Last report mentioned that the “candidates spoke in a casual or disjointed manner”, so definitely (some of) the students were lacking a formal register when answering and expressing ideas. Also, they “made little attempt to engage the examiner […] in both conversations sections (of the oral exam)”, so the feedback also pointed that they lost some credit this way. This makes us think about the importance to learn some pragmatics and manners when communicating in a foreign language. It is clear now that languages imply particular codes of conduct that change from one language to another, so here the input of a native Spanish speaker is undoubtable. In the same direction the report asserts that students should make clear references to Hispanic culture and societies.


Another idea mentioned was the need for the students to “show competence in dealing with hypothetical and abstract situations as well as factual or descriptive areas”, what means having the ability to express not only facts but ideas and opinions in the target language. And this recalls us about transversal competences and skills that the students need to have when facing such an exam. A careful approach not only to language but also to cognitive aspects and youth mindset development is taken into account in the final outcome and grades. We will discuss this later in relation to what we think is the appropriate moment for the student to face the final exam.



What are the key aspects to succeed in the Spanish HKDSE?


1. When to start learning Spanish?


We cannot forget that AS level exam –the one used to assess the HKDSE- is designed in the English curriculum to be faced by year 12 or year 13 students after thoroughly preparing it along one to two courses. Before this, those same students had to pass I/GCSE (International/General Certificate of Secondary Education) in year 11, for what they started learning Spanish in year 7 or year 8 as late.


Therefore, the minimum number of courses studying Spanish before facing the AS exam is five, from year 8 to year 12. But at the same time, students that start studying Spanish in year 7 can learn it along seven years if they decide to face the final exam in year 13. So definitely there is quite a wide range of time depending on the school the student is attending, from five to seven years.



Our proposal #1: We have seen many parents deciding “last minute” they want their son or daughter to take Spanish HKDSE exam. But this is a decision that, given the characteristics of the exam, cannot be taken when the student is in secondary 3 or 4, since this would mean the student not enjoying enough time to prepare. Definitely, this goal should be better embraced soon in secondary 1 and never later than secondary 2.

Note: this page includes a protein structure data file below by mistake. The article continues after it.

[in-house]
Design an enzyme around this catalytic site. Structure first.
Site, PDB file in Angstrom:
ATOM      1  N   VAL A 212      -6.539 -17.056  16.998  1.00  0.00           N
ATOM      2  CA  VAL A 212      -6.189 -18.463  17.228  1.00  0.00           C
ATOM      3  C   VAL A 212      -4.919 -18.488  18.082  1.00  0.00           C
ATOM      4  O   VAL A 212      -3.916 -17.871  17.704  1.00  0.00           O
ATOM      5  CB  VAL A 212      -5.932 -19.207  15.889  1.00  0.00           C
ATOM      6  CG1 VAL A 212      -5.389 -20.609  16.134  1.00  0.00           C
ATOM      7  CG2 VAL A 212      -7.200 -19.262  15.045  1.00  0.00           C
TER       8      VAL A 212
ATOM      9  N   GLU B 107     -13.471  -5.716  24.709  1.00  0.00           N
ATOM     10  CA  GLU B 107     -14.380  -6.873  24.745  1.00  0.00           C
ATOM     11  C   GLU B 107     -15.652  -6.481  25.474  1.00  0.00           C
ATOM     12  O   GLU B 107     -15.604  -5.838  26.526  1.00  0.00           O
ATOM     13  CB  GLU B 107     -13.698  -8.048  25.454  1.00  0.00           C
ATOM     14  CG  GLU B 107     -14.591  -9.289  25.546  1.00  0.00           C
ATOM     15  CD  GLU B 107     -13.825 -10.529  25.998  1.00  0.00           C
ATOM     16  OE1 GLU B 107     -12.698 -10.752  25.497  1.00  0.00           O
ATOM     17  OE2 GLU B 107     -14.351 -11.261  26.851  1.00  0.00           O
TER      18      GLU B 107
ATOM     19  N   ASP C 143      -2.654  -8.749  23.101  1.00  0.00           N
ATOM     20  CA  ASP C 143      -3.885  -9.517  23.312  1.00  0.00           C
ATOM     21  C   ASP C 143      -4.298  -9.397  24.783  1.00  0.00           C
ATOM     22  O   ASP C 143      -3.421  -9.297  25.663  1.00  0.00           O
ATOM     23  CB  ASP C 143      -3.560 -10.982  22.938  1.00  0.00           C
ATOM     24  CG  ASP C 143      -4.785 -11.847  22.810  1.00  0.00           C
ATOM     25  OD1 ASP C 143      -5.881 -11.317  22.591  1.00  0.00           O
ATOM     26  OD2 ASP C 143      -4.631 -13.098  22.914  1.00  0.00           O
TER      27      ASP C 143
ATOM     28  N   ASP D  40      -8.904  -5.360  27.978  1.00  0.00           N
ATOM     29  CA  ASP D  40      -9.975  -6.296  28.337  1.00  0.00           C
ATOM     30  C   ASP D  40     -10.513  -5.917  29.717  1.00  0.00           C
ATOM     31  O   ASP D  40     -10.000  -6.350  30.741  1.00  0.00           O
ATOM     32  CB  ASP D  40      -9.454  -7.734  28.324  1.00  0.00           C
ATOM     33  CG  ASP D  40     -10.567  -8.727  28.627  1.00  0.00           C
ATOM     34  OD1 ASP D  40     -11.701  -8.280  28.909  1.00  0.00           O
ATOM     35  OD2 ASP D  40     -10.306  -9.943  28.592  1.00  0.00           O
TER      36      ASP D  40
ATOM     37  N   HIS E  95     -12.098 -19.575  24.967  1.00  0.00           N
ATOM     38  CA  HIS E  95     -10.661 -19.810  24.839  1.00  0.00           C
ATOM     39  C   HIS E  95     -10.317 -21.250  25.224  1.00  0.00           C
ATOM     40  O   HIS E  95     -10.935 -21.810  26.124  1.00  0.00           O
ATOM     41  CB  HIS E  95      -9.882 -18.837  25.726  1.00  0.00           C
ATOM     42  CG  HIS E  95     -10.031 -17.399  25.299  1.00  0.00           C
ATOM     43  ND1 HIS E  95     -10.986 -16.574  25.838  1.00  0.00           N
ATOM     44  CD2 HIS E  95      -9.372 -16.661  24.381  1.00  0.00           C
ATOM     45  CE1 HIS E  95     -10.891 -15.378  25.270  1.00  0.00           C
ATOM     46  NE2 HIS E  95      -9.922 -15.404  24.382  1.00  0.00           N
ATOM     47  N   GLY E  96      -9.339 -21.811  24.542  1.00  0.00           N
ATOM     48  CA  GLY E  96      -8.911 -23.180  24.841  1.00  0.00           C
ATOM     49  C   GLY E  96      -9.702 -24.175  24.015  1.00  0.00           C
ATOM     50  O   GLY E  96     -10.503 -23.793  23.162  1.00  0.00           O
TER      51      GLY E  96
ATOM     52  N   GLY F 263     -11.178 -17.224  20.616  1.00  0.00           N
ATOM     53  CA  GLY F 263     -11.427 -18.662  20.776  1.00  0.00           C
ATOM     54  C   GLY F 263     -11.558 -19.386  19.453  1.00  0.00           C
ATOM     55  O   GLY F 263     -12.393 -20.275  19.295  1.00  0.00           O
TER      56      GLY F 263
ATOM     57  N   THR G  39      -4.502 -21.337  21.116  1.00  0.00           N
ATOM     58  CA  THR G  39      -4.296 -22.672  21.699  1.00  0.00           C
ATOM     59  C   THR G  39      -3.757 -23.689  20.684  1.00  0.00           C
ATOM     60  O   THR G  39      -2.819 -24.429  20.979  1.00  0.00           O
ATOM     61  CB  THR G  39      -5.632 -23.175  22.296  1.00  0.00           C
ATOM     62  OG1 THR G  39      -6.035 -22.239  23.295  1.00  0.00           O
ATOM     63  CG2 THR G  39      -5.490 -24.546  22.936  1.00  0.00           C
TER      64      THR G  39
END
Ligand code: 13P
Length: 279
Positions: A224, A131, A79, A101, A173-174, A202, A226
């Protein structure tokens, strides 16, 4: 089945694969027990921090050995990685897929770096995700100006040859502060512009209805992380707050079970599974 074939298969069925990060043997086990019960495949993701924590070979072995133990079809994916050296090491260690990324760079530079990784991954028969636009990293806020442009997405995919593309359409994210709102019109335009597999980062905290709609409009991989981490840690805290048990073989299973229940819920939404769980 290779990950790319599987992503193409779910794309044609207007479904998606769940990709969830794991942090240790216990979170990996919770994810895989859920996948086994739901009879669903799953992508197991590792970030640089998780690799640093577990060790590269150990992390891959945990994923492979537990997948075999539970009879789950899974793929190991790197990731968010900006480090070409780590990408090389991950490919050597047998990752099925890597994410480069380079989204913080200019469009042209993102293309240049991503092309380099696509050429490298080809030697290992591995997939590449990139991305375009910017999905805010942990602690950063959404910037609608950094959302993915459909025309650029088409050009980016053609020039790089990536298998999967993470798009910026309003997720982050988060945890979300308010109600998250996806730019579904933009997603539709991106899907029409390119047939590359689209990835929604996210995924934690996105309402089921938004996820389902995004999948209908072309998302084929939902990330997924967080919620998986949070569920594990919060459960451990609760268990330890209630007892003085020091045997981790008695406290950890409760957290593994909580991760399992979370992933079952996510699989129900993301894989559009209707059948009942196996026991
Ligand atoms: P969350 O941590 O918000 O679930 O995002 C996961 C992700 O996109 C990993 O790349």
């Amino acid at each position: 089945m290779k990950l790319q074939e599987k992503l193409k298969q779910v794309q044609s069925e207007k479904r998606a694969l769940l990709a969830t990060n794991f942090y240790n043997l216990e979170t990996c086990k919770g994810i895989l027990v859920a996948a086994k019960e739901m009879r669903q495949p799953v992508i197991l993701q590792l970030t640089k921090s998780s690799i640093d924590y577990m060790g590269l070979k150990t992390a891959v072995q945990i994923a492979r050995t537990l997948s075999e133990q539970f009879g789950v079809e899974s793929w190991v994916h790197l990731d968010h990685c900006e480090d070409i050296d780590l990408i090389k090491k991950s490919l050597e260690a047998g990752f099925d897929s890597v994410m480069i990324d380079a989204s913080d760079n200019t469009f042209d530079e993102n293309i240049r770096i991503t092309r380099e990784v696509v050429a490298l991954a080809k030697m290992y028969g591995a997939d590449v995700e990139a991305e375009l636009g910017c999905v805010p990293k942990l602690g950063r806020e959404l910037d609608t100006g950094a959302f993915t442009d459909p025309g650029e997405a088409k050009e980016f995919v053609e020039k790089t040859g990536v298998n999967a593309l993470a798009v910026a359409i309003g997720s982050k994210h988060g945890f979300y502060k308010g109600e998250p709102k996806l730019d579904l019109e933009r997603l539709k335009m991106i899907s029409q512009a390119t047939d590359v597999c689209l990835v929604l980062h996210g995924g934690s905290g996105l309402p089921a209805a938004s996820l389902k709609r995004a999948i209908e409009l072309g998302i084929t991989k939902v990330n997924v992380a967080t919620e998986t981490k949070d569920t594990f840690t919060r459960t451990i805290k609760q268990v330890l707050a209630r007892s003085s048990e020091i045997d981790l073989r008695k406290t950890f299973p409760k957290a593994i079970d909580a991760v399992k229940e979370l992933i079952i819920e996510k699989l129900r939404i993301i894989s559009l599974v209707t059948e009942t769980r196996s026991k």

2. How many total hours of Spanish teaching and learning are needed to achieve the Spanish AS level/HKDSE?


It is more or less obvious that the amount of years/courses to study Spanish before the AS exam is strictly related to the number of hours done per year/course. School starting later to teach the foreign language should take this into account to consequently increase the amount of hours per year/course, and the other way around.


In the following table we compare the hour load of Spanish lessons in a regular English school with that one offered by a local Hong Kong school. In the case of the English school, for calculating the hour load we have considered:


a) that out of the total of 39 weeks of the school calendar, only 35 weeks complete the total hours of teaching and learning, excluding then weeks dedicated to exams, feedback, etc.,


b) year 8 as the course for starting teaching Spanish, although it can be started as soon as year 7 adding extra total hours, and


b) an average amount of hours per year/course as follows:


2 hours per week for years 8 and 9,

2.5 hours per week for year 10,

3 hours per week for year 11, and

7 hours per week for years 12 and 13. It must be stressed that years 12 and 13 of English curriculum are very specialized courses when the students can take as little as three or four subjects only. As a consequence a big amount of hours per subject are taught every week.


In the case of a local Hong Kong school, Spanish is often offered as extra curricular hour load outside the regular school schedule. Based on common bids of local schools to propose a Spanish tender schedule, we have stated the total hours of teaching and learning along secondary 1 to secondary 6.



Our proposal #2: Observing the number of hours in the English school clearly let us know that what some local schools are offering in Hong Kong is not enough: 450 hours in local school versus 577.5 to 822.5 enjoyed by the English school students.